Two atheist groups are suing a Southern California public school district for allegedly "censoring" scholarships offered to college-bound seniors who write essays about what it means to be a nonbeliever in the Antelope Valley.
The nonprofit Antelope Valley Freethinkers and the Freedom From Religion Foundation, a national secular group in Wisconsin, filed a federal lawsuit last week against the Antelope Valley Union High School District in Lancaster.
The groups allege that the district censored their scholarship ads while allowing ones from Christians, Catholics, Jews, Scientologists, the LGBT community and even one about "What the Second Amendment means to you."
The Freethinkers, who develop "opinions based on science and reason in contrast to faith and dogma," offer scholarships "Why I'm Good Without God: Challenges of being a young nonbeliever" and one for minority nonbelievers.
Every year the Freethinkers offer thousands of dollars in scholarship money to high school students who compete in its scholarship contests. Typically, about 10 to 20 high school students win money each year. Winners are also chosen at the college and graduate level, court documents said.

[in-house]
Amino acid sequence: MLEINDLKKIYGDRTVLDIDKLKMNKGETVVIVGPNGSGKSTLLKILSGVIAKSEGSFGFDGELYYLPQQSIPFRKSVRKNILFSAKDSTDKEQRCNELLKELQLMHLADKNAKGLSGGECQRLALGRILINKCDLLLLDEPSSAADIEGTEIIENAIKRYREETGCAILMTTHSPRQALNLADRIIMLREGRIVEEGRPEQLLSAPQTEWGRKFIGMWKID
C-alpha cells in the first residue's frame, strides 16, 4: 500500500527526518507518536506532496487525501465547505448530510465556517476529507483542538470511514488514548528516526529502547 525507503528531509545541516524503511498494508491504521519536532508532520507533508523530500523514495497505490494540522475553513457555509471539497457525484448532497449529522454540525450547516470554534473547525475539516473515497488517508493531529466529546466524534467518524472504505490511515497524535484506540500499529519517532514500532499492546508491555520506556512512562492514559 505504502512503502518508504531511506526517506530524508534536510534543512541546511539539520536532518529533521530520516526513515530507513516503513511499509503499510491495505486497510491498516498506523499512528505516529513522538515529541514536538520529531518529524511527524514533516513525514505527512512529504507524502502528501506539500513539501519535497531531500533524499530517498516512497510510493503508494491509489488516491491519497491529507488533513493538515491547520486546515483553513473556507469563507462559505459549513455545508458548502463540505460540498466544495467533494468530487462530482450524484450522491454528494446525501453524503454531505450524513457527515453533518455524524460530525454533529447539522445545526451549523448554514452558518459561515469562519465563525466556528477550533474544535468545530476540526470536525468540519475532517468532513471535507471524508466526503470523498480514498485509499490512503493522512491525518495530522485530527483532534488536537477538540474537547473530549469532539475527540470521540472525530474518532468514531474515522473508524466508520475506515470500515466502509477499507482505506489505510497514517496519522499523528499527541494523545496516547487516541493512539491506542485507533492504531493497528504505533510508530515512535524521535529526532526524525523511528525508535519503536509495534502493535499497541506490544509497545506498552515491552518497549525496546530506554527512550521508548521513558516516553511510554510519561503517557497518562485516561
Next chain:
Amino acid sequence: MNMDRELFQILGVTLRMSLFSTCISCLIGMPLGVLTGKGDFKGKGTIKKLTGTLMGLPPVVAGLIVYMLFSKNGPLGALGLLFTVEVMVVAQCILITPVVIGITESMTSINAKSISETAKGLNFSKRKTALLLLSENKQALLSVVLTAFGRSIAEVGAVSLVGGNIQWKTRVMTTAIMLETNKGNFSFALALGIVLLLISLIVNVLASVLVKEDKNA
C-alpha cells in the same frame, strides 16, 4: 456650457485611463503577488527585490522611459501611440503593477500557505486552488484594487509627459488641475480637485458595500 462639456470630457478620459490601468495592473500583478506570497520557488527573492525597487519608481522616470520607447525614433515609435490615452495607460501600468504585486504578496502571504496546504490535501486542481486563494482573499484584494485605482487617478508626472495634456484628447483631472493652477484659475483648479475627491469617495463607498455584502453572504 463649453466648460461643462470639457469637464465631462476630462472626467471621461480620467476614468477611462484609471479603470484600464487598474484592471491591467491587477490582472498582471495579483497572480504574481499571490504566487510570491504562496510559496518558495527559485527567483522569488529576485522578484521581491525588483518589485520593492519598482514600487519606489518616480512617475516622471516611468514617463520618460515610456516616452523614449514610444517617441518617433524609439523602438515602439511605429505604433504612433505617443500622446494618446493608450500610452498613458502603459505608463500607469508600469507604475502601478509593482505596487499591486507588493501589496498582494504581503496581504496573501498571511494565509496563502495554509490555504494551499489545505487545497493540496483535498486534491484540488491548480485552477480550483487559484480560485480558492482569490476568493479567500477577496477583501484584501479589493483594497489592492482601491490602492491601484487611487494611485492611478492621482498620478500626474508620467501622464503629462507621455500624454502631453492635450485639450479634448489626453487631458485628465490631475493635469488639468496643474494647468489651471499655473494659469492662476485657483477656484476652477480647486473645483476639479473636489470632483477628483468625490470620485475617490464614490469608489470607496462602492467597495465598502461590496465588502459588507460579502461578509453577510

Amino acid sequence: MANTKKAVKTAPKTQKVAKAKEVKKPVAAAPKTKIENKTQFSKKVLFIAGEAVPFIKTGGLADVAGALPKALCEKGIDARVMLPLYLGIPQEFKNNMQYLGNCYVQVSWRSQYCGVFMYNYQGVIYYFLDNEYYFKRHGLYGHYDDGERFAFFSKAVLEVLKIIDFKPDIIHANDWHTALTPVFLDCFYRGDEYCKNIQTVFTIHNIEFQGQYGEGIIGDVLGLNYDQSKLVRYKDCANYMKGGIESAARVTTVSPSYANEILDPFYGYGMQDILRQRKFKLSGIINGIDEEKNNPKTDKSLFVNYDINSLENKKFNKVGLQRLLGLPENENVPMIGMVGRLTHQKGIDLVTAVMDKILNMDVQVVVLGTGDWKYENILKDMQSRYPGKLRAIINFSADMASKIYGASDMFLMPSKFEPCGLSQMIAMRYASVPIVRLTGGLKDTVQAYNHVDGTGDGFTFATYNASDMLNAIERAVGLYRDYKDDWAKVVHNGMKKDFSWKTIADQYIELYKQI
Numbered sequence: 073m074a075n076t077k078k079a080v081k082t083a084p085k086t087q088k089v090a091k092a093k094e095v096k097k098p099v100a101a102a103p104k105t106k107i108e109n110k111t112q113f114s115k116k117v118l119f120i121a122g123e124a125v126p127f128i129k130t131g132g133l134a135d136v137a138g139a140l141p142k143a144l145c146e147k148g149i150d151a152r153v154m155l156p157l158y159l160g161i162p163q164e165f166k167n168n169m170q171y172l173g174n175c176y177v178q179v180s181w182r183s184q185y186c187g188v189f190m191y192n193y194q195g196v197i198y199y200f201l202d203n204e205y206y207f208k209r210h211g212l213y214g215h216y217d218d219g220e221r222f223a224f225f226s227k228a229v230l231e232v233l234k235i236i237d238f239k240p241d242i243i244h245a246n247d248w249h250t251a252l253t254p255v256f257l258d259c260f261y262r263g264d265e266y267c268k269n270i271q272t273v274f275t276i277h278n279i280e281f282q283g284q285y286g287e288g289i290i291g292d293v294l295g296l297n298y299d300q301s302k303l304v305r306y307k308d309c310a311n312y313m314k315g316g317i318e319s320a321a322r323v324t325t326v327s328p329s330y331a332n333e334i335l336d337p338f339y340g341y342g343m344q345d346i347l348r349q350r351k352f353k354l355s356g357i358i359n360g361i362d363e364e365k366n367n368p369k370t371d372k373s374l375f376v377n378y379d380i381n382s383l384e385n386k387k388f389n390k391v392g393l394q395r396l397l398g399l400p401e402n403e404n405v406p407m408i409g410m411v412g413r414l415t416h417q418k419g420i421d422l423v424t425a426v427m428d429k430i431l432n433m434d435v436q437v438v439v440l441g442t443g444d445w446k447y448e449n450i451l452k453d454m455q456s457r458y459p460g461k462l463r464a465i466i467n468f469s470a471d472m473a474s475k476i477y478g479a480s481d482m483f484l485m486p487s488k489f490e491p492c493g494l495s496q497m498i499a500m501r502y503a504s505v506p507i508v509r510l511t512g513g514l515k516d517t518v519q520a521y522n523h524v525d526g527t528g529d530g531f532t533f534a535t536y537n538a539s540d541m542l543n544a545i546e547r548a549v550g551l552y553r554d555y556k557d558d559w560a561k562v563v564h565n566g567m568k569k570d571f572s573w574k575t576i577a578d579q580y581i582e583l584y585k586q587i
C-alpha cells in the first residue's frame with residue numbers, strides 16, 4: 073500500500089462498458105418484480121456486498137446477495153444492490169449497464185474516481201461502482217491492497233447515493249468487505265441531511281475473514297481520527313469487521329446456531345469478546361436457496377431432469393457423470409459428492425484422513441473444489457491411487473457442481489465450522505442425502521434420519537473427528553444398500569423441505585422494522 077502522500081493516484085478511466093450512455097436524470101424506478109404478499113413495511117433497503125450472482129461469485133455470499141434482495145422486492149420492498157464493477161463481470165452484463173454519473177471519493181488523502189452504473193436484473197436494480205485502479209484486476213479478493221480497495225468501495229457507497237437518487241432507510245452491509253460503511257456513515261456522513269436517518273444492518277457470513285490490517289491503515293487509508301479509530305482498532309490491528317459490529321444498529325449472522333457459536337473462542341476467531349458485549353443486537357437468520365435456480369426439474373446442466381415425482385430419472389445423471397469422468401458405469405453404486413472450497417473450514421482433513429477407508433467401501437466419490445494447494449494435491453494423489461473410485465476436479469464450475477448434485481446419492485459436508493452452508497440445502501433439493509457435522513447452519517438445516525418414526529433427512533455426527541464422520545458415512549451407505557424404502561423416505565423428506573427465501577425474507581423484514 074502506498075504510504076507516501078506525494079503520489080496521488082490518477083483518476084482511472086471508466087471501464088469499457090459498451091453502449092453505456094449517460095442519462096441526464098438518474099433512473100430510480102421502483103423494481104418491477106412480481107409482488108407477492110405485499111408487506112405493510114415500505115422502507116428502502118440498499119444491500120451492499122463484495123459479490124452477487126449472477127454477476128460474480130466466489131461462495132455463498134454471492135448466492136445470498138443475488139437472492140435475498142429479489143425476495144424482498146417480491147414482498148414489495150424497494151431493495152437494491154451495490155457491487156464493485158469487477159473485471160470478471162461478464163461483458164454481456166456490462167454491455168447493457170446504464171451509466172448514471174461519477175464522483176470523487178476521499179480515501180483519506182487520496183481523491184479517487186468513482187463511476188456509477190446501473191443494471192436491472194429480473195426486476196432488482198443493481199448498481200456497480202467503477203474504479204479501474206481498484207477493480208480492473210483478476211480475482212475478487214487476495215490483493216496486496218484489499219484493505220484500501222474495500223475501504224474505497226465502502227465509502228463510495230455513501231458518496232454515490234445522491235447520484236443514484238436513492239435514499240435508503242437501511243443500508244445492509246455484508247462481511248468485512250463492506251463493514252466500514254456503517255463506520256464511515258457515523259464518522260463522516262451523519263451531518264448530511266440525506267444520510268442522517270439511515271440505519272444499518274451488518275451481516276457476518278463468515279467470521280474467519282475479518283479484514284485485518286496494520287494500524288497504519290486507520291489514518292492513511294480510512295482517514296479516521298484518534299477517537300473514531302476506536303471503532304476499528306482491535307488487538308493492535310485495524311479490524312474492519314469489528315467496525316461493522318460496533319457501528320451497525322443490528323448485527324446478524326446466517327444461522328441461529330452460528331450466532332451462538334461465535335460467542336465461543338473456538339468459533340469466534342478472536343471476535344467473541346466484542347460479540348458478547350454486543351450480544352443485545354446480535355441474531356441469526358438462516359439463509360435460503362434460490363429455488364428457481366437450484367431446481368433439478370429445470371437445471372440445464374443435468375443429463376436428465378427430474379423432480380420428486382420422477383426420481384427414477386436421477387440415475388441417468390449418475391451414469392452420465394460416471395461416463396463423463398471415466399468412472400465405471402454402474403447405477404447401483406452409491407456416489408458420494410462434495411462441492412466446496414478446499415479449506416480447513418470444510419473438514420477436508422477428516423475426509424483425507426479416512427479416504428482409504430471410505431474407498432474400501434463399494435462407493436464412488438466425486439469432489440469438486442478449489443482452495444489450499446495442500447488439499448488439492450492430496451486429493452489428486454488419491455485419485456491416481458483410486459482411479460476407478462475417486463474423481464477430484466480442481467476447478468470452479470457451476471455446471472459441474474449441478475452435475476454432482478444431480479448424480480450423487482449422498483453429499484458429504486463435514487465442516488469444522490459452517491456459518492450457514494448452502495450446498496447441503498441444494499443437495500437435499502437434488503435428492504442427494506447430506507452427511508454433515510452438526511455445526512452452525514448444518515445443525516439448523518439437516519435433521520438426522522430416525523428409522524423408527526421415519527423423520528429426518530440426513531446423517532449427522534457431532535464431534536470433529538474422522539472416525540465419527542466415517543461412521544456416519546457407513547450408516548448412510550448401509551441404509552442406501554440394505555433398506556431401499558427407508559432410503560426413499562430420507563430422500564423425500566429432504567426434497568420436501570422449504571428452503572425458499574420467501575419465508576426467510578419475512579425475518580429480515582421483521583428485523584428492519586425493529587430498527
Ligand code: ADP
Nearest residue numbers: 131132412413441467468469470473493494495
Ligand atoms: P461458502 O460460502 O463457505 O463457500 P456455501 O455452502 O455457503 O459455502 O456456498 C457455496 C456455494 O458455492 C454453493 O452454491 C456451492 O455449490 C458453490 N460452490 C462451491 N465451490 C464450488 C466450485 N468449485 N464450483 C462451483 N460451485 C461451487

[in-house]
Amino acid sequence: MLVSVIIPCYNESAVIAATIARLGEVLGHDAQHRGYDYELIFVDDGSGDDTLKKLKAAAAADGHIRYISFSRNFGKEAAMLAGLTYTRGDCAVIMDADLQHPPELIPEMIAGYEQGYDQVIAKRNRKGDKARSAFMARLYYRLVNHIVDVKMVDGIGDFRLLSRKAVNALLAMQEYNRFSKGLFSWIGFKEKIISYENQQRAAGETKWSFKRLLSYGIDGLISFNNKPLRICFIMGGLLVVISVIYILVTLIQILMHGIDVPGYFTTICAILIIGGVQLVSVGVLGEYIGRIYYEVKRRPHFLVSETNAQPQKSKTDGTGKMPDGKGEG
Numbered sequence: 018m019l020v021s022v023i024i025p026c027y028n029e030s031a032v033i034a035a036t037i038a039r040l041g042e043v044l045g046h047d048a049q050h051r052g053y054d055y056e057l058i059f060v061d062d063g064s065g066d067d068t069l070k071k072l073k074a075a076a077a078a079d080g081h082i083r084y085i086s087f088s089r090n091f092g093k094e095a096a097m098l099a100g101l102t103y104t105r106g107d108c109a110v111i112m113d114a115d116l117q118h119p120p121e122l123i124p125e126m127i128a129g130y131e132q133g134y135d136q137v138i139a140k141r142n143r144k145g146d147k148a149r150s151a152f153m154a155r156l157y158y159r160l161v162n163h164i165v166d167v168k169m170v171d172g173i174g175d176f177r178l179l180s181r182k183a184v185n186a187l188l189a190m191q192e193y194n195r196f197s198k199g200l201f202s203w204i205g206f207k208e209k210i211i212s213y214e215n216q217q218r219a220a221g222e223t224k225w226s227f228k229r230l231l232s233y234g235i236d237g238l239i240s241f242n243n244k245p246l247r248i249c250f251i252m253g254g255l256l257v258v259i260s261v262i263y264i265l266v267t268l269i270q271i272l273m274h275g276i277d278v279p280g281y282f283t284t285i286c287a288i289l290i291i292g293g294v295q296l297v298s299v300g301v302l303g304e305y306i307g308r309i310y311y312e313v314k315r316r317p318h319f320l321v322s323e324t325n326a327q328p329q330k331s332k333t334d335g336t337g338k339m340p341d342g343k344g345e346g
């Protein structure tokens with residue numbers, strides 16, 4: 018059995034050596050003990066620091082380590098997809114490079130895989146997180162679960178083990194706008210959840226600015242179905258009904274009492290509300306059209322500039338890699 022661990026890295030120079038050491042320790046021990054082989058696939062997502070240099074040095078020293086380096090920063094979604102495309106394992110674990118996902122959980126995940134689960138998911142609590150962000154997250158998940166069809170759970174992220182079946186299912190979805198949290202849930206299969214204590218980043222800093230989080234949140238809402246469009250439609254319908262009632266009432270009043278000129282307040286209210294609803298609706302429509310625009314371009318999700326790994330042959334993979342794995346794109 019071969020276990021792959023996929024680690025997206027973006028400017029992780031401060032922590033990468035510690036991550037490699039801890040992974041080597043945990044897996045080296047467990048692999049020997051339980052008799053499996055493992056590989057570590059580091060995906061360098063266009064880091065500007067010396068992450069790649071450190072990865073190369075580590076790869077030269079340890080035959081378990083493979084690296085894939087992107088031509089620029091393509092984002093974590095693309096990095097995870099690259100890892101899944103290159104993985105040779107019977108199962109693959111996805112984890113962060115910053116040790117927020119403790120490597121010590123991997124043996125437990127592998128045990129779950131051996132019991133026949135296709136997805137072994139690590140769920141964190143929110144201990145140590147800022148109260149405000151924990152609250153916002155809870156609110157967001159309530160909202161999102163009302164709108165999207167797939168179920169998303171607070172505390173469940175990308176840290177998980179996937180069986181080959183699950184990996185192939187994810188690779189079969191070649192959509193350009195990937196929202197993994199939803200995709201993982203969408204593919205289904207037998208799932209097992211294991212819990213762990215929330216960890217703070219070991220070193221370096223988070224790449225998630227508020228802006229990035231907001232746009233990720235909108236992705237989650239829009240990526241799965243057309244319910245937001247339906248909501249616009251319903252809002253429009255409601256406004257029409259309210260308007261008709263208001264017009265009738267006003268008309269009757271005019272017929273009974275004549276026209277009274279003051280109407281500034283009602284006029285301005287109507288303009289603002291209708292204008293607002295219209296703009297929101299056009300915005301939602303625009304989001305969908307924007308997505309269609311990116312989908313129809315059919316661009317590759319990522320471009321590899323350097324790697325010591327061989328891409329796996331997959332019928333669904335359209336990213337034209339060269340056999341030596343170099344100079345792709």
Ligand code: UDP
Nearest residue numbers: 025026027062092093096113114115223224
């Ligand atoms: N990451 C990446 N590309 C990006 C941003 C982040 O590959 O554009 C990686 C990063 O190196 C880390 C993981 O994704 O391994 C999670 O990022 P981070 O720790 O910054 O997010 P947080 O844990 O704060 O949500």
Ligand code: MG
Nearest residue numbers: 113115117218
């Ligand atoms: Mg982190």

David Dionne, the president of the Antelope Valley Freethinkers, alleged that he was told that the district "couldn't approve the scholarship the way it was worded because it would upset some parents," the lawsuit said.
Neither Dionne nor officials from the Antelope Valley Union High School District responded to messages seeking comment.
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The district allegedly singled out, "Perhaps you've been ridiculed, harassed, or punished for speaking up against religion in the classroom, at school events, in government, or within your family."
When Dionne offered to reword it, the official told him in an email, "We simply do not have the time to 'word smith' language that might be acceptable to the district and yet meet the intent of your organization. If you wish to consider a pursuit of this matter — I would invite this potential dialogue early next spring, when we would have time to consider alternate language."
The District's General Counsel Bridget L. Cook, responded to follow up letters saying "since the District is a limited public forum, we reserve the right to determine what information we allow to be disseminated in our schools."
Cook claimed that the Freethinkers proposed essay prompts "appear to promote anti-religious expression and contain argumentative undertones toward religion. Therefore, the District will not be distributing this scholarship information to students."